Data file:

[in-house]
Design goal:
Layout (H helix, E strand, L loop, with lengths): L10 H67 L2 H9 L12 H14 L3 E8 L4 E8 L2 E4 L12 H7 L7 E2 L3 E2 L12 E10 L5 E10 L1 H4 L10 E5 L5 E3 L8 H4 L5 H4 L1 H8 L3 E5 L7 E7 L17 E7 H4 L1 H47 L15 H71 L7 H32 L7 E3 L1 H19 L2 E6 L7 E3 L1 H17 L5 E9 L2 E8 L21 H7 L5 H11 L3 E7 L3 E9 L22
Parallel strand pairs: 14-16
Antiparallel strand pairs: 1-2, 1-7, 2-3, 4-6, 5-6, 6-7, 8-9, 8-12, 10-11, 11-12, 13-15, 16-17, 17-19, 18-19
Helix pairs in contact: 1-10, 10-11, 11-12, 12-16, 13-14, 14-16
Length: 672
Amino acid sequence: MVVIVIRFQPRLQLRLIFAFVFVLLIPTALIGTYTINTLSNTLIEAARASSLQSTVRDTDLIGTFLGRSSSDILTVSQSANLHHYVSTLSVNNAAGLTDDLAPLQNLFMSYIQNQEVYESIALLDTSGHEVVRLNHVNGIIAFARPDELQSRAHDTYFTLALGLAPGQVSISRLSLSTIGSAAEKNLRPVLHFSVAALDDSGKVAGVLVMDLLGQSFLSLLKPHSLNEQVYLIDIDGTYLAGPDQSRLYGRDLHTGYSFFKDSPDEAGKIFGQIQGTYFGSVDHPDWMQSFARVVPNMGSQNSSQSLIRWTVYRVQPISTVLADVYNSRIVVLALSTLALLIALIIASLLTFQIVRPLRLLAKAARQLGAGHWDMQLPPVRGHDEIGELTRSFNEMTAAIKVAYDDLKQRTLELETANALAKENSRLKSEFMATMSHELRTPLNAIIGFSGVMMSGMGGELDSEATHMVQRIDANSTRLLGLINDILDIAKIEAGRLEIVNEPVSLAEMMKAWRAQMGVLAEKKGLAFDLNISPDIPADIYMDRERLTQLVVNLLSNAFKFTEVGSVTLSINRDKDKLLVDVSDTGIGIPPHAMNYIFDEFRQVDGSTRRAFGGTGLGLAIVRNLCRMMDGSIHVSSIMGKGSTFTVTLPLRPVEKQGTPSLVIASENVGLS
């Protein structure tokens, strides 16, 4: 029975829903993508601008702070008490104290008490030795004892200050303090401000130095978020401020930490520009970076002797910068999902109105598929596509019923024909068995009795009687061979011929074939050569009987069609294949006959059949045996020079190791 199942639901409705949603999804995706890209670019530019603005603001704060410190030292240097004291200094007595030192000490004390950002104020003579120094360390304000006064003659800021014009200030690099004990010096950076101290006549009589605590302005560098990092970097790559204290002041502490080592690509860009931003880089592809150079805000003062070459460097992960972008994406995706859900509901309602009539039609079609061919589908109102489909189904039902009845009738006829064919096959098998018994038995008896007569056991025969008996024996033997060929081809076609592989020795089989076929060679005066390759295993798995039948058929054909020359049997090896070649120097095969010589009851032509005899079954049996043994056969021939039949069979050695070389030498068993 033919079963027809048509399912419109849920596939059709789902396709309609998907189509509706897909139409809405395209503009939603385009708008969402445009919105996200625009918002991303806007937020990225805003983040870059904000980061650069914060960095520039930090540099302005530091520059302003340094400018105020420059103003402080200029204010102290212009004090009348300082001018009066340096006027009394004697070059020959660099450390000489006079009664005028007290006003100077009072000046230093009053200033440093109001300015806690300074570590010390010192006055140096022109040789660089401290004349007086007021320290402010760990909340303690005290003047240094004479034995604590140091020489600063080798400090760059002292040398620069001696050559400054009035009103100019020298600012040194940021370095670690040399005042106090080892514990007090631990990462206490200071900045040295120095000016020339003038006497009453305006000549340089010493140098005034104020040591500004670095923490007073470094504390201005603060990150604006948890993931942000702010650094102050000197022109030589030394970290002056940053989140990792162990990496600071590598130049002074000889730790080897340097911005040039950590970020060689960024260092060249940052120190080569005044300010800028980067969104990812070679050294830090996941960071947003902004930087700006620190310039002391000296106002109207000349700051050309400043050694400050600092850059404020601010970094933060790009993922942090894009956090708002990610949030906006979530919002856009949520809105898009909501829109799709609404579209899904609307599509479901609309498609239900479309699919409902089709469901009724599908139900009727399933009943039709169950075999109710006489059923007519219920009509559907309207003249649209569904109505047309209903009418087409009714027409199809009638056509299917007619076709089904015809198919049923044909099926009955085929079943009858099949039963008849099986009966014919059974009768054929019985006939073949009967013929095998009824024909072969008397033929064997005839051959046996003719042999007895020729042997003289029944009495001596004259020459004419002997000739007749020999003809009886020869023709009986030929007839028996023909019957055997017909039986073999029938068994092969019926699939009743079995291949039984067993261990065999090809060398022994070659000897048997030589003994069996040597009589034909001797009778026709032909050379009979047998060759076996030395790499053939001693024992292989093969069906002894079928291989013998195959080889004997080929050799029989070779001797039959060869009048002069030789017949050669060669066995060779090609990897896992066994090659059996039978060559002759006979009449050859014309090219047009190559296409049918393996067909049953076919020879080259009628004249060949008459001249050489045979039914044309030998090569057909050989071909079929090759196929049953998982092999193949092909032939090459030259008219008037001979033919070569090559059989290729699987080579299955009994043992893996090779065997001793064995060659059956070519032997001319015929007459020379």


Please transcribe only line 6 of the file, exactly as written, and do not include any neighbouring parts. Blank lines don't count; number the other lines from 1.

Helix pairs in contact: 1-10, 10-11, 11-12, 12-16, 13-14, 14-16